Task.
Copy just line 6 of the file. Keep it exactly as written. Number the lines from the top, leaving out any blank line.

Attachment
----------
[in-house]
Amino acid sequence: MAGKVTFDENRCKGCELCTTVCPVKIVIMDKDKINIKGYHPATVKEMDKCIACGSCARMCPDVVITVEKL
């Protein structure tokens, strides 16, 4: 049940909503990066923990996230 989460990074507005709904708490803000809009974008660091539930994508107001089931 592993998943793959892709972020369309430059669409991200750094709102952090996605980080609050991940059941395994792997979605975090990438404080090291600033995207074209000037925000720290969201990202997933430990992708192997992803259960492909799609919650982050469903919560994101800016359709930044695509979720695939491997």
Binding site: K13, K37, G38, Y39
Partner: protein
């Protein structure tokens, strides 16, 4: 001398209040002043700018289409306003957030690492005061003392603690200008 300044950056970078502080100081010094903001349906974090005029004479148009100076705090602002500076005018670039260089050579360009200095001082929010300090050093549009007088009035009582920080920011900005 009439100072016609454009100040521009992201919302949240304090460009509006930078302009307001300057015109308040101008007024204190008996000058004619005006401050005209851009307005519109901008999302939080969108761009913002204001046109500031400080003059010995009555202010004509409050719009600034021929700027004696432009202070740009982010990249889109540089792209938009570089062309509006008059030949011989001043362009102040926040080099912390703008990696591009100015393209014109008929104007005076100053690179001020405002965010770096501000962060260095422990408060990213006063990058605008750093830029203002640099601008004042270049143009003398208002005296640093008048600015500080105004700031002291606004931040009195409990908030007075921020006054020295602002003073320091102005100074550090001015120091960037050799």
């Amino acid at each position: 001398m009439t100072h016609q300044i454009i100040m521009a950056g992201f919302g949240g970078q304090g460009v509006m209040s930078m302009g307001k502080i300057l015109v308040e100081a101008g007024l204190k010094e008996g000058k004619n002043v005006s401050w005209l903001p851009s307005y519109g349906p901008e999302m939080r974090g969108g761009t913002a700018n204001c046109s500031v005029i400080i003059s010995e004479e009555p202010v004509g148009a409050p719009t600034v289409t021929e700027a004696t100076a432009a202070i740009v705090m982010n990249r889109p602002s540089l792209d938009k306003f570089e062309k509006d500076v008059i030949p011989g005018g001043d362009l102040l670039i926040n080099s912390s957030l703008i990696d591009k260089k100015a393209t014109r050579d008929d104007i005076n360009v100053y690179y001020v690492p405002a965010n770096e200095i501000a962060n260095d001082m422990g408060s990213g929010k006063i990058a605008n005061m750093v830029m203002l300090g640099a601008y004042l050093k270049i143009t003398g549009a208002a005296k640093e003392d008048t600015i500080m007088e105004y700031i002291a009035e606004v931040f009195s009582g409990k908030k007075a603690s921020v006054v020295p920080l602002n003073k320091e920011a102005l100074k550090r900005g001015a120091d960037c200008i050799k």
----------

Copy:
């Protein structure tokens, strides 16, 4: 001398209040002043700018289409306003957030690492005061003392603690200008 300044950056970078502080100081010094903001349906974090005029004479148009100076705090602002500076005018670039260089050579360009200095001082929010300090050093549009007088009035009582920080920011900005 009439100072016609454009100040521009992201919302949240304090460009509006930078302009307001300057015109308040101008007024204190008996000058004619005006401050005209851009307005519109901008999302939080969108761009913002204001046109500031400080003059010995009555202010004509409050719009600034021929700027004696432009202070740009982010990249889109540089792209938009570089062309509006008059030949011989001043362009102040926040080099912390703008990696591009100015393209014109008929104007005076100053690179001020405002965010770096501000962060260095422990408060990213006063990058605008750093830029203002640099601008004042270049143009003398208002005296640093008048600015500080105004700031002291606004931040009195409990908030007075921020006054020295602002003073320091102005100074550090001015120091960037050799």